Senator Edgardo J. Angara was honored by the National Press Club of the Philippines for upholding press freedom under the Data Privacy Act which was passed at the bicameral conference committee level before Congress went into recess.
On Monday, at the kick-off activity for the NPC's 60th anniversary in October, Angara was given a plaque of recognition along with other proponents of the measure namely Sen. Antonio Trillanes IV, Taguig Rep. Sigfrido Tinga and Pasig City Rep. Roman Romulo.
They were recognized for accommodating the NPC's request to revise some provisions of the Data Privacy Act to ensure that freedom of the press would not be endangered.
Angara, who was unable to attend the event as he is on an official trip to Spain, thanked the NPC for the award and for being open to dialogue.
"I am very grateful for this recognition, as well as for the NPC's understanding and cooperation. Together, we were able to pass a measure that is responsive but also safeguards important freedoms," said Angara.
As Chairman of the Senate Committee on Science and Technology, he pushed for the inclusion of Section 4 which states that “Personal information processed for journalistic, artistic, literary, or research purposes” is not within the scope of the measure.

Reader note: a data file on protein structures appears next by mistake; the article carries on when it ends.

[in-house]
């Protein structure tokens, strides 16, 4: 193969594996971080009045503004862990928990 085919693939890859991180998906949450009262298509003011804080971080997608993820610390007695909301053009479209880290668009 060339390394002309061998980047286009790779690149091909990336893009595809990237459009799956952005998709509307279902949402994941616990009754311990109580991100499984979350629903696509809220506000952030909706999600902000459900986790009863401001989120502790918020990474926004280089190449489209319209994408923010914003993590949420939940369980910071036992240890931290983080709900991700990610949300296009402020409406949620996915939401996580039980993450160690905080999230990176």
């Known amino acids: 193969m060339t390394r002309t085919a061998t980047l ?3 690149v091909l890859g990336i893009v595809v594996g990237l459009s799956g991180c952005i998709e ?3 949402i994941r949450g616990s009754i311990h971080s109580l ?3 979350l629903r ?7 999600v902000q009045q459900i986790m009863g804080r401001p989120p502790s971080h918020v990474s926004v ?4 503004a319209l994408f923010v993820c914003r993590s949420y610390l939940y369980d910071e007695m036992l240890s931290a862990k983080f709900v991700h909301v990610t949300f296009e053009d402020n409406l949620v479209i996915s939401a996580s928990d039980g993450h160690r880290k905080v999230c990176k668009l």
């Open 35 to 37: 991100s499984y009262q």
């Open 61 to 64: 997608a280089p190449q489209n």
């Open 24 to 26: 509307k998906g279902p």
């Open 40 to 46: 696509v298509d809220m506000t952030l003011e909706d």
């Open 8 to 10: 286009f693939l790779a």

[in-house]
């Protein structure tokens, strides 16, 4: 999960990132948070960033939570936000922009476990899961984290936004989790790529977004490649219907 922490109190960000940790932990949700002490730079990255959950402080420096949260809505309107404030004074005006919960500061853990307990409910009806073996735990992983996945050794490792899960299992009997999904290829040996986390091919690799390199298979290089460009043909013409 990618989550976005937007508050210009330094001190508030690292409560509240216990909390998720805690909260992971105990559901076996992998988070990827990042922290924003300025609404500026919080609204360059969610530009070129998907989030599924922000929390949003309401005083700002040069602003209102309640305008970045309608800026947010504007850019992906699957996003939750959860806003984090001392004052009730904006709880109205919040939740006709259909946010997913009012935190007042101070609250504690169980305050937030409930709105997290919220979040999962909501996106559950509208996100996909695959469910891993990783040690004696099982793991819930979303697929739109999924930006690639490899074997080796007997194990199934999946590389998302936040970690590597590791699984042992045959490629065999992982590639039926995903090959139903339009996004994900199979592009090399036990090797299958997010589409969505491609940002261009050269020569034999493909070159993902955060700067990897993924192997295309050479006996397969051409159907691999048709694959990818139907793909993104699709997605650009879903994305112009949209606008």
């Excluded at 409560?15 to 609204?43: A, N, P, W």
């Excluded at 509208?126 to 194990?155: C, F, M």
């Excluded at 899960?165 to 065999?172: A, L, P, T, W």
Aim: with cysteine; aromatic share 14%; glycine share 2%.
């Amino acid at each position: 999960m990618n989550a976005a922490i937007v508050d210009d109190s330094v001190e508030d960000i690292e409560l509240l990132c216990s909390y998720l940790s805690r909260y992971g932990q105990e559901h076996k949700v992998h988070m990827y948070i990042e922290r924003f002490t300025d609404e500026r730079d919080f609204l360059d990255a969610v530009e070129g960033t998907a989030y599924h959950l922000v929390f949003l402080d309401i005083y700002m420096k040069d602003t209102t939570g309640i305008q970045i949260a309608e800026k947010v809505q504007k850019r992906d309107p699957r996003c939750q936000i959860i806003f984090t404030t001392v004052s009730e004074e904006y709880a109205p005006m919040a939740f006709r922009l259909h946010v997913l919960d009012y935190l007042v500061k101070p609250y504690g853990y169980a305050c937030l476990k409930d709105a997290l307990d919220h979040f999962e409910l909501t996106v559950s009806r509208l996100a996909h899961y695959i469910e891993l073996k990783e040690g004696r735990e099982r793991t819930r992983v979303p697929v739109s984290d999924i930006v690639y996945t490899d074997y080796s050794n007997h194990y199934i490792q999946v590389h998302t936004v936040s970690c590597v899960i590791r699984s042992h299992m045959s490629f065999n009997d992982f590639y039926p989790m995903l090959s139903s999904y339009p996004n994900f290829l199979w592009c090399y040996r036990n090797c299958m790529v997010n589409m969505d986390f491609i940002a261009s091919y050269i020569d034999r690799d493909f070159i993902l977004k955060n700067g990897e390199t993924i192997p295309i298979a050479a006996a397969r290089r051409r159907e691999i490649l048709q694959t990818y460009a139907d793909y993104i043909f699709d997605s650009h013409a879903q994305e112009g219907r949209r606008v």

In addition, he consented to the addition of Section 5 which states that no provision in the Data Privacy Act can be interpreted as to have amended Republic Act No. 53 which exempts publishers, editors or reporters of any publication from revealing their sources of information.
“We refined the measure further so that it cannot be used to curtail the flow of information that may be of public interest, without infringing on an individual’s right to privacy,” stressed Angara.
He dispelled the impression that the proposed Data Privacy Act, a bill that seeks to protect the integrity and confidentiality of personal data, will threaten the freedom of the media in the country.
“No less than our Constitution upholds press freedom and the media’s function of responsible reporting,” said Angara.
Citing the advantages of the bill, Angara explained that the measure makes it mandatory for all data collectors—whether public or private—to protect the security, integrity and confidentiality of all the personal information they collect such as medical records, insurance records, confidential correspondence and copyright protected works.
He also underscored that once signed into law, the measure will boost confidence in the both country’s booming Information Technology and Business Process Outsourcing (IT-BPO) industry and growing e-governance initiatives. (30)